The Tribune Democrat, Johnstown, PA

Editorials

February 1, 2014

Laurels and barbs

JOHNSTOWN — Laurel: Radio communications during an emergency is vital to first responders. It can help direct them to the scene or aid in the treatment of a victim. But sometimes the region’s mountainous terrain makes communications impossible. Residents in Ashville, Gallitzin and Dean Township can breathe a sigh of relief now that Cambria County commissioners are considering putting a new 911 antenna on Buckhorn Mountain to help alleviate spotty radio reception in those areas. The $81,000 project will be partially funded by a grant and a loan from the U.S. Department of Agriculture Rural Housing Service. The county will make up the difference.

Laurel: Tooth fairies visited Greater Johnstown School District’s East Side Elementary School recently. A dentist and dental hygienist with Smile Pennsylvania mobile dentistry performed examinations, cleanings, X-rays and applied sealants to the teeth of 46 pupils. Also, several pupils had cavities filled. The visitors instructed the youngsters on proper teeth brushing and handed out toothbrushes. A grant from the Robert Wood Johnson Foundation provided funds for the teeth cleaning of children with no insurance. We’re pleased that these pupils had the opportunity to learn about better oral health, and we hope more pupils can take advantage of this worthy program in the future.

Barb: Boredom is no excuse for making dumb decisions. The FBI, Altoona police and Pennsylvania State Police are investigating why Penn State Altoona student Vladislav Miftakhov allegedly had a suitcase holding two containers with exposed fuses and other explosives-related materials in an Altoona apartment he shared with a roommate. Miftakhov insisted that he was going to set off the devices in a remote field and did not intend on “blowing anything up.” His roommate purportedly called Miftakhov “dumb” and “crazy,” but also said he was impulsive but not dangerous. We can think of many ways to relieve boredom, and none of them involve explosives.

Laurel: CamTran officials have installed a new computer program that will help it identify the most efficient routes and schedules for one of its programs. Ecolane allows CamTran dispatchers to more precisely schedule trips for people who rely on Reserve-A-Ride vans, a door-to-door service offered throughout Cambria County. “We believe that our customers will be very happy with the new efficiencies that the software program brings,” said executive director Rose Lucey-Noll. CamTran is a vital commodity for our region and anything that enhances its operations is welcomed.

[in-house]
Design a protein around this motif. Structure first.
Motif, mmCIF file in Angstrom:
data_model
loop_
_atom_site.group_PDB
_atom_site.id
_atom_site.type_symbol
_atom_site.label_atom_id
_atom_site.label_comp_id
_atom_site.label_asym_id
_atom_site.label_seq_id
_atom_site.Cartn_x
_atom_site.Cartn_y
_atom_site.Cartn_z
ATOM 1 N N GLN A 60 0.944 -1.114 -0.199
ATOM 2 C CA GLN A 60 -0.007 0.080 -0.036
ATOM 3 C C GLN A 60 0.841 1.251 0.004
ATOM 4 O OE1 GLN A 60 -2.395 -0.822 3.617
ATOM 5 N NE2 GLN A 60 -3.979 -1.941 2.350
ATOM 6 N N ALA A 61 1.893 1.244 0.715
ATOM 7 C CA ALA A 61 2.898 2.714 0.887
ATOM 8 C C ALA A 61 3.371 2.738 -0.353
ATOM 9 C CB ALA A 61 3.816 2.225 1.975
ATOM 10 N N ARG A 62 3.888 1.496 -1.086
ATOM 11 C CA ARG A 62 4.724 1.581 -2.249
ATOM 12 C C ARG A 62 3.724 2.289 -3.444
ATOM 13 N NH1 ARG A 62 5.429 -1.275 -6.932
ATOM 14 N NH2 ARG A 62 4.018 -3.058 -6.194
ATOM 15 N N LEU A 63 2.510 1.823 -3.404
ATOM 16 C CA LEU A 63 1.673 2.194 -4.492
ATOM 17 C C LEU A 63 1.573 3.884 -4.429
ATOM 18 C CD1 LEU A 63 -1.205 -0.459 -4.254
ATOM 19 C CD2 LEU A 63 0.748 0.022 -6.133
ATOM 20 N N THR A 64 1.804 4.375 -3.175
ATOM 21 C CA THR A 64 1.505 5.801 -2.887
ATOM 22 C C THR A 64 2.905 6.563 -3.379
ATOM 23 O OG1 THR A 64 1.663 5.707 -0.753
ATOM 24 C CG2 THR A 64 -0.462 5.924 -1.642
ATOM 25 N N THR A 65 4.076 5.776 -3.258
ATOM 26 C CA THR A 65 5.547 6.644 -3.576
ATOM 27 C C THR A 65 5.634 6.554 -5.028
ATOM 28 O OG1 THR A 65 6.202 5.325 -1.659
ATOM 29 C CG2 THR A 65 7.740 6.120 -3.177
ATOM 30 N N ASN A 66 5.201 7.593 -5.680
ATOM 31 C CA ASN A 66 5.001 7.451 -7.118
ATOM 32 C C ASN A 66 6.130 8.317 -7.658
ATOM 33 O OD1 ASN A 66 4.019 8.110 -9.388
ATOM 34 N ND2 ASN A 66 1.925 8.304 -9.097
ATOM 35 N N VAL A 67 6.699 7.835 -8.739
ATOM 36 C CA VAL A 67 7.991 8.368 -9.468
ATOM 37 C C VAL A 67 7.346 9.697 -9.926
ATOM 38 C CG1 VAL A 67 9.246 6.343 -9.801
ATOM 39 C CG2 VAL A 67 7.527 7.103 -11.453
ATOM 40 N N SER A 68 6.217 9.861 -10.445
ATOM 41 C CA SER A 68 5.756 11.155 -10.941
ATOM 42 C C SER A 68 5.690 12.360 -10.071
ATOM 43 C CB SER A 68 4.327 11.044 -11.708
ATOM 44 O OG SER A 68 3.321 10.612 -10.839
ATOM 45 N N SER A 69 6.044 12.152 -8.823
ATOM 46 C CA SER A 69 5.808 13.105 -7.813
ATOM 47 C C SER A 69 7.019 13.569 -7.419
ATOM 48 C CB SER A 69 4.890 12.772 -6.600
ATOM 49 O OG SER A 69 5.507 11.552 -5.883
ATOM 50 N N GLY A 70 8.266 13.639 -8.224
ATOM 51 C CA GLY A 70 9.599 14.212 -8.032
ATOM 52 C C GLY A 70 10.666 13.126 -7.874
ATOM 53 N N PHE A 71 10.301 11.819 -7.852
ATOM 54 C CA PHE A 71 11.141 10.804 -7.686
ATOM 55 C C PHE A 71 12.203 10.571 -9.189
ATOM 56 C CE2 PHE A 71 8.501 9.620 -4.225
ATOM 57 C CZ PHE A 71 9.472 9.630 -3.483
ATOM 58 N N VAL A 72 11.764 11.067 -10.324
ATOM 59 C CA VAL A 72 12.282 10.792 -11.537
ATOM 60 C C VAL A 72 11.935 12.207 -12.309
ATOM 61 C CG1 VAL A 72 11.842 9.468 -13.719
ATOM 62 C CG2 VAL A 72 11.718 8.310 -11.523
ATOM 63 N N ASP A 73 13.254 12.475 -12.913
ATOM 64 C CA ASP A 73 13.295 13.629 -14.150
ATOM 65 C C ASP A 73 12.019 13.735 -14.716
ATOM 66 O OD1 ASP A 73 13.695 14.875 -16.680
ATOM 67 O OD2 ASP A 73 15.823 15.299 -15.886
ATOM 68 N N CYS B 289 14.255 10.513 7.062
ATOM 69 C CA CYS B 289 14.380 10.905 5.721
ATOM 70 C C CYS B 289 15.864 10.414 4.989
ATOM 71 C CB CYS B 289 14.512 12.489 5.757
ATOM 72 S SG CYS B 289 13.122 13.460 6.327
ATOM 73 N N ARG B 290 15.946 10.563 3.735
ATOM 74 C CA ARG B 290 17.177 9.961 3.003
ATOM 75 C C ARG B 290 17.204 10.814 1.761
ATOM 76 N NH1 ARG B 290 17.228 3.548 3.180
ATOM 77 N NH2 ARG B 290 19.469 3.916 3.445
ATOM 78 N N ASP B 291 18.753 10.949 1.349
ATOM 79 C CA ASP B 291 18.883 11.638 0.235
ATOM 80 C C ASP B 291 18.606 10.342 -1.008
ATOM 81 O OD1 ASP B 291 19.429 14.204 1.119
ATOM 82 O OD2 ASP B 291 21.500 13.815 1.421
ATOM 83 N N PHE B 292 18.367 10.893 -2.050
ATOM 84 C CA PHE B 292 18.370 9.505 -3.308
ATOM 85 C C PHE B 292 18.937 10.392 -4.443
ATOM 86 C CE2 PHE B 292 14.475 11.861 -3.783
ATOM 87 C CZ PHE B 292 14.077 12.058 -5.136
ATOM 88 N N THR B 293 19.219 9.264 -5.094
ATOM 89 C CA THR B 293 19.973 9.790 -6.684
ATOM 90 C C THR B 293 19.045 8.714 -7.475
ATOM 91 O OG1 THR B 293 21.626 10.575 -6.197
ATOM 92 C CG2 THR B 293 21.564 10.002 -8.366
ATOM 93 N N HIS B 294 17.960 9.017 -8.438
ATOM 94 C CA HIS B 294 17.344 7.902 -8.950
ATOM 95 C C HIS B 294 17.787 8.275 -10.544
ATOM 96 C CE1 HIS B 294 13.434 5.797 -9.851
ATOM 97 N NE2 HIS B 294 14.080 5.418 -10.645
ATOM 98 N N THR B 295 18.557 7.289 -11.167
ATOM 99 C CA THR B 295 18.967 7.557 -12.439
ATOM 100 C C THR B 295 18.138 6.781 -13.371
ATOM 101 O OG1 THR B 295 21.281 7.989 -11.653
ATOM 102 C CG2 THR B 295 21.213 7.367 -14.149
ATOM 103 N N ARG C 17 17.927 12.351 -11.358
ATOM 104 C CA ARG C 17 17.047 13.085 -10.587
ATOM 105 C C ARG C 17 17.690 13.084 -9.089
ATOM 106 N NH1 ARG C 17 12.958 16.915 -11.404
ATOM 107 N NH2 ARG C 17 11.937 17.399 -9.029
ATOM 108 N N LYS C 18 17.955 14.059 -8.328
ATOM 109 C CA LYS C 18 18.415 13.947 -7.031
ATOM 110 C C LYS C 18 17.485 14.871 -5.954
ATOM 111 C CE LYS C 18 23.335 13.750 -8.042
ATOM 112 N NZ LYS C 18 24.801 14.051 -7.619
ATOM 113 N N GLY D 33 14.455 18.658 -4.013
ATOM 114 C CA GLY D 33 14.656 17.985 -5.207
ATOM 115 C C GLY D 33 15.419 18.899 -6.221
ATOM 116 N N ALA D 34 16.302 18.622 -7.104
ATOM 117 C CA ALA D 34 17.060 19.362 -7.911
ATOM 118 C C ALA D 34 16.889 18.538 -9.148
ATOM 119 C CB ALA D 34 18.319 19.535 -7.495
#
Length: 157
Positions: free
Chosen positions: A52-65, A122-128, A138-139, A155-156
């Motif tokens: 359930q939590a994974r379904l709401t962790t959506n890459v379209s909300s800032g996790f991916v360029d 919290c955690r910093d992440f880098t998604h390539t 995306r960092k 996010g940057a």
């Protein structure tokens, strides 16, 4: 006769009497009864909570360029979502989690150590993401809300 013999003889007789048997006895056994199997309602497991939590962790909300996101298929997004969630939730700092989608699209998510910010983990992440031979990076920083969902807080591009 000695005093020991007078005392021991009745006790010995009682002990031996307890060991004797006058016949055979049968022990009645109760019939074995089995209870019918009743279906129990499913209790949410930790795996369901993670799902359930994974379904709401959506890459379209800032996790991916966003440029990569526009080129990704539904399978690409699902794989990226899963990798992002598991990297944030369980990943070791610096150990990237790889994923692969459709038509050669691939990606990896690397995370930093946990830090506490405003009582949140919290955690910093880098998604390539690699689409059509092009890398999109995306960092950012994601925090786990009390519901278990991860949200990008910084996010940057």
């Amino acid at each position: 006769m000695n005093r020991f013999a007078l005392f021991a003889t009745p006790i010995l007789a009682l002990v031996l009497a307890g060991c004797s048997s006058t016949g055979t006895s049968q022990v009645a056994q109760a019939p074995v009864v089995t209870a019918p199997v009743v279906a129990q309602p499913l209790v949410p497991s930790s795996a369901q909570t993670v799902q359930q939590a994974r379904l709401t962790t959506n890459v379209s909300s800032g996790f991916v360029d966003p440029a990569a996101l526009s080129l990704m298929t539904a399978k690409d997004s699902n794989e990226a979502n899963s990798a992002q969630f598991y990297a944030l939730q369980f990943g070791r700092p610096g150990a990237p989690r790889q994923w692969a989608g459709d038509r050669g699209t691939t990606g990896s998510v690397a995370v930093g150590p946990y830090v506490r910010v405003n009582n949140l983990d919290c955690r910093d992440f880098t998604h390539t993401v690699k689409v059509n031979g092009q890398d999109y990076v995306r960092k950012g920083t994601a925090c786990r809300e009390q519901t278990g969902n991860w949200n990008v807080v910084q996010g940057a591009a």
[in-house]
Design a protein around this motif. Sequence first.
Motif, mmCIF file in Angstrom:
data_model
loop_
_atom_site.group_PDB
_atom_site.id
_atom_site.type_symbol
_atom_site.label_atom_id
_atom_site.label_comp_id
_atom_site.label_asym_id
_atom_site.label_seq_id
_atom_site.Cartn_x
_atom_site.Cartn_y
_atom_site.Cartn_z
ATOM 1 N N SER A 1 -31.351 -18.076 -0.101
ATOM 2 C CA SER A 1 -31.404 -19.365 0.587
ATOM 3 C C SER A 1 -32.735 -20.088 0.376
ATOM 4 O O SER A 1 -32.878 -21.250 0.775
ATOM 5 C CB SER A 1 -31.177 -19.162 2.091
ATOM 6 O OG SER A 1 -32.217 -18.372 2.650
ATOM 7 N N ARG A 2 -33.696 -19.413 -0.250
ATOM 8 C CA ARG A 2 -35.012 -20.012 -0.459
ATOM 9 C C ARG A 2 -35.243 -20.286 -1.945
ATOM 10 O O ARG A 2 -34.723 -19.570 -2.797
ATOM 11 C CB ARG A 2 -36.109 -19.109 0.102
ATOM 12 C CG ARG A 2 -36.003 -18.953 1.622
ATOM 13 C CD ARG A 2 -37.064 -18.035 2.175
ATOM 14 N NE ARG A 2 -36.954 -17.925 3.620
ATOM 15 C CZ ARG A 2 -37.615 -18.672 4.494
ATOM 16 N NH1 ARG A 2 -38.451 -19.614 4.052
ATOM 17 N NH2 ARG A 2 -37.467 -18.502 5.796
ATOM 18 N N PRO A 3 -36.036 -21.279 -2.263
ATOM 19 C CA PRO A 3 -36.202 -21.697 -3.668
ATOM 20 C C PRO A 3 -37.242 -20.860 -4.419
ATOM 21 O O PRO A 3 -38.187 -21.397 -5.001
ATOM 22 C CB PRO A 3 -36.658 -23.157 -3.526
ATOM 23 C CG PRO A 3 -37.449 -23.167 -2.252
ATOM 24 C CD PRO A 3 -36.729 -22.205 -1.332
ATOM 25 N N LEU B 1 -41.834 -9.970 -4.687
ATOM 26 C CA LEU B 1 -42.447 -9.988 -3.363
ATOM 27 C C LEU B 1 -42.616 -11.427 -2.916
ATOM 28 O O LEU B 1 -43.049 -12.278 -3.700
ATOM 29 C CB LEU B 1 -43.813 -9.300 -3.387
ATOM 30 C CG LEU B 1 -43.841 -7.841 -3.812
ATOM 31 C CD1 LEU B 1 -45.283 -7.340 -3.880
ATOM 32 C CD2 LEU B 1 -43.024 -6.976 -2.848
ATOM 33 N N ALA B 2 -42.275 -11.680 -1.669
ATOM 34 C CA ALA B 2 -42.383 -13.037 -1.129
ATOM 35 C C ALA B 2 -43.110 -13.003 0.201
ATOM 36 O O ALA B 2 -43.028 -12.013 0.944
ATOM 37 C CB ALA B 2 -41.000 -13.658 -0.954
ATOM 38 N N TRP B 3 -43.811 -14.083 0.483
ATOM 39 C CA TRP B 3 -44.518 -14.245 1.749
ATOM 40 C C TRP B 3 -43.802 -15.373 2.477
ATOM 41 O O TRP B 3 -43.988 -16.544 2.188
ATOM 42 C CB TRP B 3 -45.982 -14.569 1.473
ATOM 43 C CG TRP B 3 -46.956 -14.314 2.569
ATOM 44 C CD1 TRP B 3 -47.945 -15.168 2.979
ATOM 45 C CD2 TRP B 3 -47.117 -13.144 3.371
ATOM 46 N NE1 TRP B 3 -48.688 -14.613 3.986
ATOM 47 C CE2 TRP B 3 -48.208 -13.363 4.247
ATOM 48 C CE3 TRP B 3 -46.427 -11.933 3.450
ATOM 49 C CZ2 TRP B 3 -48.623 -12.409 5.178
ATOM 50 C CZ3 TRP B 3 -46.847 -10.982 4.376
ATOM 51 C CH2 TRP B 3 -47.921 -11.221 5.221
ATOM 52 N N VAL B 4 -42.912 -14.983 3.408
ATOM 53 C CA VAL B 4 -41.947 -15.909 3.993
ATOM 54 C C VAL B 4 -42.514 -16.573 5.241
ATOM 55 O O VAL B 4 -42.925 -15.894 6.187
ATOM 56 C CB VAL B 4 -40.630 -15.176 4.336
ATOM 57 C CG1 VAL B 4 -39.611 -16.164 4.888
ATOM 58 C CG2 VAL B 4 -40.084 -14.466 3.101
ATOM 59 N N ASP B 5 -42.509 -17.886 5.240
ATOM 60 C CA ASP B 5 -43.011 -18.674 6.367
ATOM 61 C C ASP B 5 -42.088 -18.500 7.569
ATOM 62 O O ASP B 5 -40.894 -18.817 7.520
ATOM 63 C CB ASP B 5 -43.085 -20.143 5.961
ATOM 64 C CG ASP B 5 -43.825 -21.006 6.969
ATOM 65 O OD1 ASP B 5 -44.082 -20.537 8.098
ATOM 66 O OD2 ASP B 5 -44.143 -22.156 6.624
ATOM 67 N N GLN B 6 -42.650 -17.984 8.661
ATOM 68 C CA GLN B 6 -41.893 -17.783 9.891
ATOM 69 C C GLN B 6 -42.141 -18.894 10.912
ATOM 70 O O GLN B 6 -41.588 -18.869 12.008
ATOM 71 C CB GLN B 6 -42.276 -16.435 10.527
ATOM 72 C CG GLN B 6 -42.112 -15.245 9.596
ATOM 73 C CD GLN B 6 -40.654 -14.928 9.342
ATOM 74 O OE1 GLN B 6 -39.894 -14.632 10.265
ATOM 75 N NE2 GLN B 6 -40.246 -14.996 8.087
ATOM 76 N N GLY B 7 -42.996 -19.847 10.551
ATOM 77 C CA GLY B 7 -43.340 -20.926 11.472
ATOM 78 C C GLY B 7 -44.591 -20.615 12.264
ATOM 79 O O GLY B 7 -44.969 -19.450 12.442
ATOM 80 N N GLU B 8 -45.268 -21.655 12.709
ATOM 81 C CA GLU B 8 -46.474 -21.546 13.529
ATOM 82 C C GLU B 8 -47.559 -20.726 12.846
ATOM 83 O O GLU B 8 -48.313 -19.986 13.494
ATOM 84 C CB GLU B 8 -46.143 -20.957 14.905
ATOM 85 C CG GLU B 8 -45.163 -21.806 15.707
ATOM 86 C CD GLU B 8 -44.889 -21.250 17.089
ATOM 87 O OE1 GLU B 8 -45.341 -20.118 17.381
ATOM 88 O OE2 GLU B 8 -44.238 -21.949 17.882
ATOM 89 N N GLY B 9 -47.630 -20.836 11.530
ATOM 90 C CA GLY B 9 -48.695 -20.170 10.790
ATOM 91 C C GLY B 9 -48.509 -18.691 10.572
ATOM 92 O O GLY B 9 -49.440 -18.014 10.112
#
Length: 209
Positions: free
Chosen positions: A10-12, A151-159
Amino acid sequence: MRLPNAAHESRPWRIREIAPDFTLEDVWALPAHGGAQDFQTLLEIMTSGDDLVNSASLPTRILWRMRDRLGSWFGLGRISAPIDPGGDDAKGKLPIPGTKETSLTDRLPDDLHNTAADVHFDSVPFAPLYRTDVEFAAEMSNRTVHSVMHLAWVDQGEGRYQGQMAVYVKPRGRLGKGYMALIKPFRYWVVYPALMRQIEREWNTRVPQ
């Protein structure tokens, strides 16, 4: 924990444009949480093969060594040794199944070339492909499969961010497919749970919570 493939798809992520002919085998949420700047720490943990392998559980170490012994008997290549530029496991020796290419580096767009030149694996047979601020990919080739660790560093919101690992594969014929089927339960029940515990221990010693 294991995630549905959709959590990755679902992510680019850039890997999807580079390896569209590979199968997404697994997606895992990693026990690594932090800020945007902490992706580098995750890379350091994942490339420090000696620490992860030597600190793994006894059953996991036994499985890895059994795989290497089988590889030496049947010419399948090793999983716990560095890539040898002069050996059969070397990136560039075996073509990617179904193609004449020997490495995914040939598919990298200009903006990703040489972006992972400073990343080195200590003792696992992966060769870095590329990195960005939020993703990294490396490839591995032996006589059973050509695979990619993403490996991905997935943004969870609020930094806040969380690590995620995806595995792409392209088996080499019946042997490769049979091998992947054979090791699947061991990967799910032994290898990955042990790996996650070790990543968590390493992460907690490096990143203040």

Laurel: Pitt-Johnstown has been recognized for adding to the aesthetics of the community. The Greater Johnstown/Cambria County Chamber of Commerce awarded its beautification award to the university during a recent board of directors’ meeting. The $11.8 million Nursing and Health Sciences Building is the latest addition to UPJ’s growing campus. It also is the first academic building constructed on campus since 1995. In the past several years, UPJ has invested

$50 million in facility upgrades, which have made a positive impact on the region’s economy.

Barb: A city woman who police allege “seemed to have little concern” about her

5-year-old son’s welfare also apparently has little concern for animals. Two puppies were found dead inside a West End home previously occupied by Samantha A. Meyers, who said she moved because the structure had no heat. Police said the pups were extremely thin and appeared to have died from exposure. Meyers also was charged with child endangerment in July after police found her son sitting alone on a bike in the middle of North Sheridan Street in the Oakhurst Homes housing complex. She’s certainly not a candidate for mother of the year.

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